The tale behind the tune that went viral with Fahadh Faasil's 'Aavesham' head dance

The head dance spawned a million memes with Pat Cummins and Sunil Narine joining in

158-Shaiju-Avaran-and-lyricist-Kannan-Mangalath Composer Shaiju Avaran (left) and lyricist Kannan Mangalath | Jeejo John

Fahadh Faasil’s iconic ‘head dance’ in the Malayalam blockbuster Aavesham may have spawned a million memes―with even cricketers such as Pat Cummins and Sunil Narine joining in―but few people know the tune they are dancing to. It is from a Malayalam folk song called ‘Karinkaliyalle’, created by two artistes with a working-class background―composer Shaiju Avaran and lyricist Kannan Mangalath of Irinjalakuda in Kerala’s Thrissur district.

Kannan, 41, was doing cable-related work for a local TV network when THE WEEK contacted him. “I have had various jobs in my life, including an apprenticeship in an electronics repair shop, artwork for a local advertising agency, and now this,” he said.

Kannan and Shaiju started working together more than a decade ago, when they were offered an opportunity to create folk songs for local dance groups performing Onakkali―a unique art form that has men depicting tales from the Ramayana.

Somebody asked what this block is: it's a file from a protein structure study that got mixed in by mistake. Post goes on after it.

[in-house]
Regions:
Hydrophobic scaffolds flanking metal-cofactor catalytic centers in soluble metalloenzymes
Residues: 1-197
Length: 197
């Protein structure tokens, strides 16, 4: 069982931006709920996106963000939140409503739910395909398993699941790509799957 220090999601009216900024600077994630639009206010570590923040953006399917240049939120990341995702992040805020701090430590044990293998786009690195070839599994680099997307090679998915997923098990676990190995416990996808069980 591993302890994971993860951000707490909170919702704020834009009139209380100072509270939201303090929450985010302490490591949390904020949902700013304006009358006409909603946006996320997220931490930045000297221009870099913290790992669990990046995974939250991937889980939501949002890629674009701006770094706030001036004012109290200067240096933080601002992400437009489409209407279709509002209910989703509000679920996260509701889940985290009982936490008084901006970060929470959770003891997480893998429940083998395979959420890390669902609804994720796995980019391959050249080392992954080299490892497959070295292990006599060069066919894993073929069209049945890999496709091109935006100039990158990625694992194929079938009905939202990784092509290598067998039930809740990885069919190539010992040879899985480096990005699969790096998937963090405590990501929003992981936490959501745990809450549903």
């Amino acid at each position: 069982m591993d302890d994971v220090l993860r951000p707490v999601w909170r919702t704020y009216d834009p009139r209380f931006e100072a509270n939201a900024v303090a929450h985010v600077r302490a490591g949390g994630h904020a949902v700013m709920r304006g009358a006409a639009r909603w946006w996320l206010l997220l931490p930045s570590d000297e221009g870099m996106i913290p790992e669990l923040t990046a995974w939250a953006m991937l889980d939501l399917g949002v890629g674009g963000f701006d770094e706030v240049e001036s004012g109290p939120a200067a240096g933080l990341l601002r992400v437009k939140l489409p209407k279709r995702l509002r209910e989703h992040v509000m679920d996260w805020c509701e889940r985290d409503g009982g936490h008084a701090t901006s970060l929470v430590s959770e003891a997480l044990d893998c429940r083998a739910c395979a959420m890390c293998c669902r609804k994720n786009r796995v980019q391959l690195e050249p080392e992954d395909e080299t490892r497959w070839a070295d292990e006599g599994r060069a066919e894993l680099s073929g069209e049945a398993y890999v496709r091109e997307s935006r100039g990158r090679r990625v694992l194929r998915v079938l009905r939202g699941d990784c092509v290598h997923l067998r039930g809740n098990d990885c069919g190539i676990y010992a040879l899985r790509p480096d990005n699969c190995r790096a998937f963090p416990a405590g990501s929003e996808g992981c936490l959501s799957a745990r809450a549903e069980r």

‘Karinkaliyalle’ was initially conceived as an ode to the goddess Kodungalloor Bhagavathy.

Perfecting the moves: Fahadh Faasil's 'head dance' in Aavesham. Perfecting the moves: Fahadh Faasil's 'head dance' in Aavesham.

“We crafted the first four lines a few years ago,” said Shaiju. “It was well-received within our friend circle. Then, after Covid, we created a video featuring the famous festival Kodungallor Bharani. Surprisingly, the song went viral and a producer who owned a YouTube channel approached us. Together, we created a full version of the song. That version also went viral and sparked an Instagram trend.”

Apparently, it again went viral after the Kochi Metro featured it in a promotional video. “The Aavesham team contacted us for the song, and we signed an agreement,” he said.

‘Karinkaliyalle’ had amassed nearly 40 million views on YouTube before it was included in Aavesham. Fahadh's ‘head dance’ has added another two million views. “While we are elated that our song has gained global recognition, there is a tinge of sadness,” said Shaiju. “We remain overlooked and unacknowledged. THE WEEK is one of the rare media outlets that has told our story.”